Federal Reserve Chairman Bernanke can’t say anything right these days. The Fed’s attempt to communicate their QE3 exit strategy led to a market overreaction, which eventually normalized but not without sparking new fear in investors.

To provide context, the Federal Reserve has been purchasing $40 billion per month of agency mortgage-backed securities and $45 billion per month of U.S. Treasury securities. “Tapering” refers to a reduction in the pace of purchases and Bernanke hinted that it might begin later this year if job growth and inflation showed “substantial” progress toward their goals (6.5% unemployment with 2% inflation). They expect to reduce the pace of purchases through the first half of 2014 and end purchases around midyear with unemployment projected around 7% at that time. Note that they will continue to reinvest principal payments and proceeds from maturing holdings. They believe holding all of those securities off of the market will continue to put downward pressure on interest rates.

“And so, between our commitments to a low federal funds rate and the large portfolio, we will still be producing a very large amount of stimulus-in our view, enough to bring the economy smoothly towards full employment without incurring unnecessary costs or risks.” (Chairman Bernanke’s Press Conference June 19, 2013). In a few years we’ll be able to weigh in on that statement but I’m just glad I’m not the author or messenger. The imminent issue is that prices for Treasuries and agency mortgage-backed securities have been inflated from QE3 and the potential for capital losses is real when the central bank stops purchasing them.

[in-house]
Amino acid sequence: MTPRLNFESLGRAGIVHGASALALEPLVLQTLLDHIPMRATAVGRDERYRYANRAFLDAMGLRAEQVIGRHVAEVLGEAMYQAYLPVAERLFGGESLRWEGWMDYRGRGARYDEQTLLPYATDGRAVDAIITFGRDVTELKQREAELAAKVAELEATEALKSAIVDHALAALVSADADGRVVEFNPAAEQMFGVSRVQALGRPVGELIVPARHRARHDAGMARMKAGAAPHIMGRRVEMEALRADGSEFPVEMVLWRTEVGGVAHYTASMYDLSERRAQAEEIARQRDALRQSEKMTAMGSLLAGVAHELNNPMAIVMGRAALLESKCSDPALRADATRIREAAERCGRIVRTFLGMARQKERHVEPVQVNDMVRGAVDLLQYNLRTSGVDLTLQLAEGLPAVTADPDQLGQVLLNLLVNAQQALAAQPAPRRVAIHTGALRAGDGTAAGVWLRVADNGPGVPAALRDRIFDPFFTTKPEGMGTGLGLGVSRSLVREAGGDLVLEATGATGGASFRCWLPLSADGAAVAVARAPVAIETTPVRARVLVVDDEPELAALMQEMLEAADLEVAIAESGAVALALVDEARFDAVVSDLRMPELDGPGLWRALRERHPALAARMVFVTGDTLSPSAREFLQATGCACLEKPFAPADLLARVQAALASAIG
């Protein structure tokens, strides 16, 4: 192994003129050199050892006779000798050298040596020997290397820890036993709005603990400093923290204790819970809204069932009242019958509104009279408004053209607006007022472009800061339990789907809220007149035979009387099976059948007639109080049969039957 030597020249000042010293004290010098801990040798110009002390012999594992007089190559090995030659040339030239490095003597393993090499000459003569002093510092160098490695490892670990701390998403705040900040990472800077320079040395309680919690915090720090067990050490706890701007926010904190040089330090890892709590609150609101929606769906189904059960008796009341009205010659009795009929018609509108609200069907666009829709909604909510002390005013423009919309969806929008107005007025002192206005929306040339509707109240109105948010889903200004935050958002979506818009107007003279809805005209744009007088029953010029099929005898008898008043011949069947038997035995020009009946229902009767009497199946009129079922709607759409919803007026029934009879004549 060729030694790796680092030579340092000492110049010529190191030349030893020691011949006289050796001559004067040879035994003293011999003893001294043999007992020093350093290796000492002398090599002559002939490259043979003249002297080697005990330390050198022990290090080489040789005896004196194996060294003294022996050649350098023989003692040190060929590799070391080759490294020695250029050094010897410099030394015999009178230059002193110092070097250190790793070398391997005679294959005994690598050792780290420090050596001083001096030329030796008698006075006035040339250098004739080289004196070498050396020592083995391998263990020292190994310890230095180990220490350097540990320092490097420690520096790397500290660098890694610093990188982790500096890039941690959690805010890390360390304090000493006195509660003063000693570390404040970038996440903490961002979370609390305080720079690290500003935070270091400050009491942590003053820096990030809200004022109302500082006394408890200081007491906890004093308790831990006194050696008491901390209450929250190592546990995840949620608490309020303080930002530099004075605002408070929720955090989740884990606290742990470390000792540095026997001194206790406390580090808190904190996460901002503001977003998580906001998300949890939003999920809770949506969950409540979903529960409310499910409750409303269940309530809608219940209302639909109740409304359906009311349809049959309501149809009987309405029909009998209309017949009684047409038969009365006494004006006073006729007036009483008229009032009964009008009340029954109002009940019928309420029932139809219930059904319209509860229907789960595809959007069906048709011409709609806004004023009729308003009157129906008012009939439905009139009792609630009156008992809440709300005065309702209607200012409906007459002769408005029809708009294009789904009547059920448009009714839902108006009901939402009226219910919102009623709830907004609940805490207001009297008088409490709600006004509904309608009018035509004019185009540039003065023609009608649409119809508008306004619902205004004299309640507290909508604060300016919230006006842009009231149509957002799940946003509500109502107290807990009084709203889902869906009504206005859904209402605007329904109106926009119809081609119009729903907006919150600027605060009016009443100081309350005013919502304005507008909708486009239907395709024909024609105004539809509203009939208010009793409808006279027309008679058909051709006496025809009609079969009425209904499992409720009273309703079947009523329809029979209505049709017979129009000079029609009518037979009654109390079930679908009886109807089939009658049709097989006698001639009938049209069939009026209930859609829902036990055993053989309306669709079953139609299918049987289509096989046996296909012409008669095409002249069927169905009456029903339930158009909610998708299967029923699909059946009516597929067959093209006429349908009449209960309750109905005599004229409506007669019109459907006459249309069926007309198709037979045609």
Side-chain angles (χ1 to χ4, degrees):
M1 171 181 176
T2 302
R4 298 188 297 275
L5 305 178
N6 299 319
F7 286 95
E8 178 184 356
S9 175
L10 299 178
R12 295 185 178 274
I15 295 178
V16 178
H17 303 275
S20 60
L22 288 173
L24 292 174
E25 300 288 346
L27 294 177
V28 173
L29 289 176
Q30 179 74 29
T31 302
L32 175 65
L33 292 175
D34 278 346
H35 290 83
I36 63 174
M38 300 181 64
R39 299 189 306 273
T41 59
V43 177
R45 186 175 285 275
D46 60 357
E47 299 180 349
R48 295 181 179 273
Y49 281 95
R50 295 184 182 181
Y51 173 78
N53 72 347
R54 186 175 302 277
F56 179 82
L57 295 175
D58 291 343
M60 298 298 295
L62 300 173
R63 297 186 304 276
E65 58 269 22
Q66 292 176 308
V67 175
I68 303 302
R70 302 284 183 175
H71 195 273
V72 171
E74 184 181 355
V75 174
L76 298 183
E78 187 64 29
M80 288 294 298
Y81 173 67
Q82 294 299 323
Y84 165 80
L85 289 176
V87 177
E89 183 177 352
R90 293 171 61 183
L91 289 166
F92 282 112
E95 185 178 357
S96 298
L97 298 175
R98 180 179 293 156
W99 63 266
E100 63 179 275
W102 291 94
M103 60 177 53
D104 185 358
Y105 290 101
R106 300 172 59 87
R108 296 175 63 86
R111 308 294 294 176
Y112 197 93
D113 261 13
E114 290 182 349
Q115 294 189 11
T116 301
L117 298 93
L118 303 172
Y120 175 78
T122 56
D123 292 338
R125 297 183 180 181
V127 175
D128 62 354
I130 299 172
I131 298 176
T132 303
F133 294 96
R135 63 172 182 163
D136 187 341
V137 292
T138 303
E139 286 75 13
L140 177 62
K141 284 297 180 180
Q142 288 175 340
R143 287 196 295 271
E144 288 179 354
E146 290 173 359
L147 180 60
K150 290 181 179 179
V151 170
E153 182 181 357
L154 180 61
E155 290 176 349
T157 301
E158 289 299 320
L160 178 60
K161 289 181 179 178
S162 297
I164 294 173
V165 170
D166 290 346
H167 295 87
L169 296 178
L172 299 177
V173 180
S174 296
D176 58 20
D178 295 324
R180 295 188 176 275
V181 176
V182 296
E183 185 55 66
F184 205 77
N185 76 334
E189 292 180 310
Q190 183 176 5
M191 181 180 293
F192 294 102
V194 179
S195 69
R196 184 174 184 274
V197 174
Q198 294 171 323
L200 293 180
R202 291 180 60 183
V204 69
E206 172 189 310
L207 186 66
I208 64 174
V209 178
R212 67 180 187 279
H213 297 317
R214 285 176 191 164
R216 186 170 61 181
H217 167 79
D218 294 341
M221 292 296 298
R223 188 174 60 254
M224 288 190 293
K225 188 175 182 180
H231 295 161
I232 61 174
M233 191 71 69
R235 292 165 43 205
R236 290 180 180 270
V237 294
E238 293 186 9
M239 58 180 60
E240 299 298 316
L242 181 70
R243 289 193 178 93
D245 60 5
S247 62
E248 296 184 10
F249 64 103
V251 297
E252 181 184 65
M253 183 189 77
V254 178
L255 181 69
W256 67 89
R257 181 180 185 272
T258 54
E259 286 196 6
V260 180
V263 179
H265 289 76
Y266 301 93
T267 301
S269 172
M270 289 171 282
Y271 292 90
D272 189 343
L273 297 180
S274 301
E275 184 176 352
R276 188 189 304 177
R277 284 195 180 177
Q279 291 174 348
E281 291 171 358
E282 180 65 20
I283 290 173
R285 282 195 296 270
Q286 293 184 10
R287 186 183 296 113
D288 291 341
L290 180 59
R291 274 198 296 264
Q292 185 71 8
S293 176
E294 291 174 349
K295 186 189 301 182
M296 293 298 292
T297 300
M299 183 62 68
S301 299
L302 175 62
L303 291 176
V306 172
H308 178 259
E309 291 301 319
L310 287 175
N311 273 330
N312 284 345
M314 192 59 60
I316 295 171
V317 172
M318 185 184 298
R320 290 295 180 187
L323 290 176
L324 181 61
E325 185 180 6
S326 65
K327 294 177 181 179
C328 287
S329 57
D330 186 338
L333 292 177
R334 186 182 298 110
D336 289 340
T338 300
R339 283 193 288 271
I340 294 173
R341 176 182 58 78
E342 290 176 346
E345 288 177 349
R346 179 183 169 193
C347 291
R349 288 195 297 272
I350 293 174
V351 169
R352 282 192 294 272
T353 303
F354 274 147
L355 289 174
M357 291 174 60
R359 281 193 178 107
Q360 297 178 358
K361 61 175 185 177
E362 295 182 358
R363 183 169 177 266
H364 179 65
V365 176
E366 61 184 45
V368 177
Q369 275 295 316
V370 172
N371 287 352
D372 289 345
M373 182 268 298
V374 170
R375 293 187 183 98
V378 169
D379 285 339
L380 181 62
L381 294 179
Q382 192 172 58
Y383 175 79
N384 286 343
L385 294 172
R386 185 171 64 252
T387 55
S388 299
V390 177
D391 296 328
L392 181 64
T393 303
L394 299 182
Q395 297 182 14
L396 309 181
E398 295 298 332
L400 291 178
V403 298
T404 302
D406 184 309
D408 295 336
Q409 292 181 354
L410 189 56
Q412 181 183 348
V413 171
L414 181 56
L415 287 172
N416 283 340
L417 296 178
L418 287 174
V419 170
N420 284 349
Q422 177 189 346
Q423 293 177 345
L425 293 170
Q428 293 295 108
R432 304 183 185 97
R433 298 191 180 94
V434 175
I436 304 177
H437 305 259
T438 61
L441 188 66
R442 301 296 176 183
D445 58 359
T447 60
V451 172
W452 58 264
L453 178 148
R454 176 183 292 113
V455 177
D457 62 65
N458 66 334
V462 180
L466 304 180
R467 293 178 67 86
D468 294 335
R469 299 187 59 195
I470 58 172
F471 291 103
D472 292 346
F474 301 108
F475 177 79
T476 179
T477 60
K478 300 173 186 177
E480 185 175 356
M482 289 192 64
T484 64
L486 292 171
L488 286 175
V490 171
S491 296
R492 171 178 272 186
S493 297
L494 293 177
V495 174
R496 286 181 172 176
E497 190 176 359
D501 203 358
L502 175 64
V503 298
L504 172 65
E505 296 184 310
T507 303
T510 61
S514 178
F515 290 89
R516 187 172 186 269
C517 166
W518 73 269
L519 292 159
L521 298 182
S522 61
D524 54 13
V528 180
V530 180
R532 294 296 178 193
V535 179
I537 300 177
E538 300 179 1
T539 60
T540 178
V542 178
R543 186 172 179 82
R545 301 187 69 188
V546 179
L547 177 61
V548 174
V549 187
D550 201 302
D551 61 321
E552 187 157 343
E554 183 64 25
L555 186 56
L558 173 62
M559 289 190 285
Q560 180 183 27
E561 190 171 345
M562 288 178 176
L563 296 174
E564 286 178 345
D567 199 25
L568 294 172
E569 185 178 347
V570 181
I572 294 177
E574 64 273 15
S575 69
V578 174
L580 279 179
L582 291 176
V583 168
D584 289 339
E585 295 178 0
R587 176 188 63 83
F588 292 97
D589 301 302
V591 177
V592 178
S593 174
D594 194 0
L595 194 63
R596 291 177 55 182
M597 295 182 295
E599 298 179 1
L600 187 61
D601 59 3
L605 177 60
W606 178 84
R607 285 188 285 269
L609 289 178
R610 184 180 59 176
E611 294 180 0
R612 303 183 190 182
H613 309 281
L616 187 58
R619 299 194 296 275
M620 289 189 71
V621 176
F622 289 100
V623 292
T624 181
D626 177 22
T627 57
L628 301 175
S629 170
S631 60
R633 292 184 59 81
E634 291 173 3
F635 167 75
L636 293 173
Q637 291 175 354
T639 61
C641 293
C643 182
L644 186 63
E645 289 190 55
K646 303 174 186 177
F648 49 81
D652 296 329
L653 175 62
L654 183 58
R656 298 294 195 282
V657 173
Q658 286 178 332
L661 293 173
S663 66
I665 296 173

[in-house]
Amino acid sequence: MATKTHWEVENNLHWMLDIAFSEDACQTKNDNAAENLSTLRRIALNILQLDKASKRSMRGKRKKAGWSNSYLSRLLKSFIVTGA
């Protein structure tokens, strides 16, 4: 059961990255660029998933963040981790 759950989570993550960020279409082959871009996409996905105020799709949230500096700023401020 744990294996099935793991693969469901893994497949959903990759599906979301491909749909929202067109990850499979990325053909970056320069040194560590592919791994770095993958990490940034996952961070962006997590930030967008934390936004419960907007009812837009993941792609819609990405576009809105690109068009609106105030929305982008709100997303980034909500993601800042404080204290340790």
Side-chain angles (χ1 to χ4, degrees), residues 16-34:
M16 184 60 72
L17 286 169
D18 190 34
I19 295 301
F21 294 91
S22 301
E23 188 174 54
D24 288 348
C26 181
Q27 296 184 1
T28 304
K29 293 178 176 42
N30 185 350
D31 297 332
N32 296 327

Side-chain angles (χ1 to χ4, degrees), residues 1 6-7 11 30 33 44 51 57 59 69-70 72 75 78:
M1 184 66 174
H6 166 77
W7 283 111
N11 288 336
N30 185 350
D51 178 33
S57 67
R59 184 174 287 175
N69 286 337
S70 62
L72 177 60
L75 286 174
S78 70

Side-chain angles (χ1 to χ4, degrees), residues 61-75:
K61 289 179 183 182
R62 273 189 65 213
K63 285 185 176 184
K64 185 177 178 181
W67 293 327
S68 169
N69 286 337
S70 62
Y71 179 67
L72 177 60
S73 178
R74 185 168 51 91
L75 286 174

Bernanke also noted in the press conference that private payroll employment has been averaging about 200,000 jobs per month over the past six months and the unemployment rate was unchanged at 7.6% but underemployment (quality versus quantity of new jobs) has become a concern. The U6 rate, which includes part-time for economic reasons as well as marginally attached, discouraged, and the unemployed jumped from 13.8% to 14.3%. There is speculation that the Affordable Care Act’s six month “look back” rule has encouraged some employers to adjust the hours of their workforce so fewer employees qualify for full-time employee medical insurance requirement.

Data supports the argument that the ACA is a headwind to full employment. The industries adding workers in June are in categories where companies have been shifting from a FT to a PT employment model. Respondents to a survey by the International Foundation of Employee Benefit Plans showed that 20% of small employers (0-50 employees) and 15% of large employers (>50 employees) have or plan to adjust hours so fewer employees qualify for full-time employee medical insurance requirements. No big surprise then on July 2, 2013, the administration informally announced in a blog post on www.treasury.gov that it will delay for one year new mandatory reporting requirements for employers and health insurers-as well as related employer shared-responsibility penalties– under the Affordable Care Act.

Instead of pointing to the ACA, Bernanke blamed federal fiscal policy as the main headwind to growth, estimated by the CBO to approximate 1.5%. It is important to remember that some sequestration cuts are just beginning in the third quarter so we haven’t felt the full impact yet. Despite all this, GDP growth was 1.8% in the first quarter and an estimated 1.3% in the second quarter with forecasts of 2.4% for the year. The fact that the economy absorbed the end of the payroll tax holiday with a dysfunctional Congress and continued to grow is what I would call “substantial” progress.